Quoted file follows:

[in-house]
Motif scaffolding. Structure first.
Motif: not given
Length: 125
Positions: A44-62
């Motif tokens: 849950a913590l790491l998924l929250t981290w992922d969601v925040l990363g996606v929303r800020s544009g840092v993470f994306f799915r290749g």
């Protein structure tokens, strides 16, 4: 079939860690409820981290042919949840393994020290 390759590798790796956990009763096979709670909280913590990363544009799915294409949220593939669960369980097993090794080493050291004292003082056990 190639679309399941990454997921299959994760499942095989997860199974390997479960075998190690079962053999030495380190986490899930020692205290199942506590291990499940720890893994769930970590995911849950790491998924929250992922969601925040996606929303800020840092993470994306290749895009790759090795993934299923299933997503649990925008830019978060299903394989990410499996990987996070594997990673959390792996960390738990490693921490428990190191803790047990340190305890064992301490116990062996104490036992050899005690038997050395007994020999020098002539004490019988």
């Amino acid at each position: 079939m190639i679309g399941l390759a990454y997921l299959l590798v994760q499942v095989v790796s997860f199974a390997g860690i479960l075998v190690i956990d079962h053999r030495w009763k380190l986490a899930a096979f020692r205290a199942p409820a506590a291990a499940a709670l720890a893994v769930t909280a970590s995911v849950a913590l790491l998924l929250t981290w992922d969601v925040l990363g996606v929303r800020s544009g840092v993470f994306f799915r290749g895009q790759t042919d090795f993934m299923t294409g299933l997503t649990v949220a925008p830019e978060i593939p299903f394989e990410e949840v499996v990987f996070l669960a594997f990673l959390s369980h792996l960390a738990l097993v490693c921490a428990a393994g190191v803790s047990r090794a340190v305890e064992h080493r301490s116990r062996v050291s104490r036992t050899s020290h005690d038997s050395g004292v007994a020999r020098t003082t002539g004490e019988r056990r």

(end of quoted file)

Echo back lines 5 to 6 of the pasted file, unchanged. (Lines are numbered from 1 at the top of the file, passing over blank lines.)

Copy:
Positions: A44-62
């Motif tokens: 849950a913590l790491l998924l929250t981290w992922d969601v925040l990363g996606v929303r800020s544009g840092v993470f994306f799915r290749g």